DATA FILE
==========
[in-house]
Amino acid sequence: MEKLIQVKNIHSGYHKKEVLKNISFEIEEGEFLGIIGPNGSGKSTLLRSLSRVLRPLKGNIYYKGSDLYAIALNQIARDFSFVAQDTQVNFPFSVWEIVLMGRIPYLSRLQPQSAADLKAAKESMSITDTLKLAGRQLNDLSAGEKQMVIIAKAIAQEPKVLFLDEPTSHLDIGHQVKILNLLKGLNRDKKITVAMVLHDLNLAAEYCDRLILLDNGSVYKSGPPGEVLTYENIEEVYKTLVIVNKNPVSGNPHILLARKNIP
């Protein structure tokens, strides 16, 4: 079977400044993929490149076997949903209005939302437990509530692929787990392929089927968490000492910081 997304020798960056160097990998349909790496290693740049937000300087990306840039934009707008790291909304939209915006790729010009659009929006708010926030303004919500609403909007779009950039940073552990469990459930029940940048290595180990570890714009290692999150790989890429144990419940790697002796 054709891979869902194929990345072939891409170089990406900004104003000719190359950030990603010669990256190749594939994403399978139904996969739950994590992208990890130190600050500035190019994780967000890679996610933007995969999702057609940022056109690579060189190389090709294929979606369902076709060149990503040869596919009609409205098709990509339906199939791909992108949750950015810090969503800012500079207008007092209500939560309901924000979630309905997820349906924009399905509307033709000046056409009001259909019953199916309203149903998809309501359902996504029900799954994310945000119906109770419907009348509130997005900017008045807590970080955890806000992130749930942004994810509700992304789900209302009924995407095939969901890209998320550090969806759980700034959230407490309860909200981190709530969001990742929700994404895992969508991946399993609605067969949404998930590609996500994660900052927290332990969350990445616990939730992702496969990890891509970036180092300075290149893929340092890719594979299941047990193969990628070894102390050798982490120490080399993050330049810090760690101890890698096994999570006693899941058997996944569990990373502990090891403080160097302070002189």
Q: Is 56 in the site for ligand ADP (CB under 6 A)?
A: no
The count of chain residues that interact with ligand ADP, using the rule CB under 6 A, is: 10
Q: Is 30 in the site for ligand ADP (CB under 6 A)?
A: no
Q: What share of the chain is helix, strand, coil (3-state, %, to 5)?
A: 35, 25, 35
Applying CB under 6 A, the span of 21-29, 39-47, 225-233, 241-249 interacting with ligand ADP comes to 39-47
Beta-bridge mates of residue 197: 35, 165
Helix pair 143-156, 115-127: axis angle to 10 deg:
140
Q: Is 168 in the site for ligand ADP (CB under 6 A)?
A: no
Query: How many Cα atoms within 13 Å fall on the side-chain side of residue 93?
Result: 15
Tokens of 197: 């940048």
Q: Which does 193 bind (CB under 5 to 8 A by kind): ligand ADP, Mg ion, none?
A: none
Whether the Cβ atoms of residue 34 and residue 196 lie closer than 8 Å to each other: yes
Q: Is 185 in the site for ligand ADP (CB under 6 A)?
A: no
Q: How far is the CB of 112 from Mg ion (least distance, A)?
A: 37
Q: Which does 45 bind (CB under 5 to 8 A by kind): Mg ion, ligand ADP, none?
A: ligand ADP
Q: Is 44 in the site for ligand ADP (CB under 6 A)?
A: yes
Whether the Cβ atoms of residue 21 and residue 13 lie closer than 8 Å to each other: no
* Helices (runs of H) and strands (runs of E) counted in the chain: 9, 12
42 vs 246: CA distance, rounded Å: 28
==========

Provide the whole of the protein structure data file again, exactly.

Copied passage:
[in-house]
Amino acid sequence: MEKLIQVKNIHSGYHKKEVLKNISFEIEEGEFLGIIGPNGSGKSTLLRSLSRVLRPLKGNIYYKGSDLYAIALNQIARDFSFVAQDTQVNFPFSVWEIVLMGRIPYLSRLQPQSAADLKAAKESMSITDTLKLAGRQLNDLSAGEKQMVIIAKAIAQEPKVLFLDEPTSHLDIGHQVKILNLLKGLNRDKKITVAMVLHDLNLAAEYCDRLILLDNGSVYKSGPPGEVLTYENIEEVYKTLVIVNKNPVSGNPHILLARKNIP
């Protein structure tokens, strides 16, 4: 079977400044993929490149076997949903209005939302437990509530692929787990392929089927968490000492910081 997304020798960056160097990998349909790496290693740049937000300087990306840039934009707008790291909304939209915006790729010009659009929006708010926030303004919500609403909007779009950039940073552990469990459930029940940048290595180990570890714009290692999150790989890429144990419940790697002796 054709891979869902194929990345072939891409170089990406900004104003000719190359950030990603010669990256190749594939994403399978139904996969739950994590992208990890130190600050500035190019994780967000890679996610933007995969999702057609940022056109690579060189190389090709294929979606369902076709060149990503040869596919009609409205098709990509339906199939791909992108949750950015810090969503800012500079207008007092209500939560309901924000979630309905997820349906924009399905509307033709000046056409009001259909019953199916309203149903998809309501359902996504029900799954994310945000119906109770419907009348509130997005900017008045807590970080955890806000992130749930942004994810509700992304789900209302009924995407095939969901890209998320550090969806759980700034959230407490309860909200981190709530969001990742929700994404895992969508991946399993609605067969949404998930590609996500994660900052927290332990969350990445616990939730992702496969990890891509970036180092300075290149893929340092890719594979299941047990193969990628070894102390050798982490120490080399993050330049810090760690101890890698096994999570006693899941058997996944569990990373502990090891403080160097302070002189």
Q: Is 56 in the site for ligand ADP (CB under 6 A)?
A: no
The count of chain residues that interact with ligand ADP, using the rule CB under 6 A, is: 10
Q: Is 30 in the site for ligand ADP (CB under 6 A)?
A: no
Q: What share of the chain is helix, strand, coil (3-state, %, to 5)?
A: 35, 25, 35
Applying CB under 6 A, the span of 21-29, 39-47, 225-233, 241-249 interacting with ligand ADP comes to 39-47
Beta-bridge mates of residue 197: 35, 165
Helix pair 143-156, 115-127: axis angle to 10 deg:
140
Q: Is 168 in the site for ligand ADP (CB under 6 A)?
A: no
Query: How many Cα atoms within 13 Å fall on the side-chain side of residue 93?
Result: 15
Tokens of 197: 């940048």
Q: Which does 193 bind (CB under 5 to 8 A by kind): ligand ADP, Mg ion, none?
A: none
Whether the Cβ atoms of residue 34 and residue 196 lie closer than 8 Å to each other: yes
Q: Is 185 in the site for ligand ADP (CB under 6 A)?
A: no
Q: How far is the CB of 112 from Mg ion (least distance, A)?
A: 37
Q: Which does 45 bind (CB under 5 to 8 A by kind): Mg ion, ligand ADP, none?
A: ligand ADP
Q: Is 44 in the site for ligand ADP (CB under 6 A)?
A: yes
Whether the Cβ atoms of residue 21 and residue 13 lie closer than 8 Å to each other: no
* Helices (runs of H) and strands (runs of E) counted in the chain: 9, 12
42 vs 246: CA distance, rounded Å: 28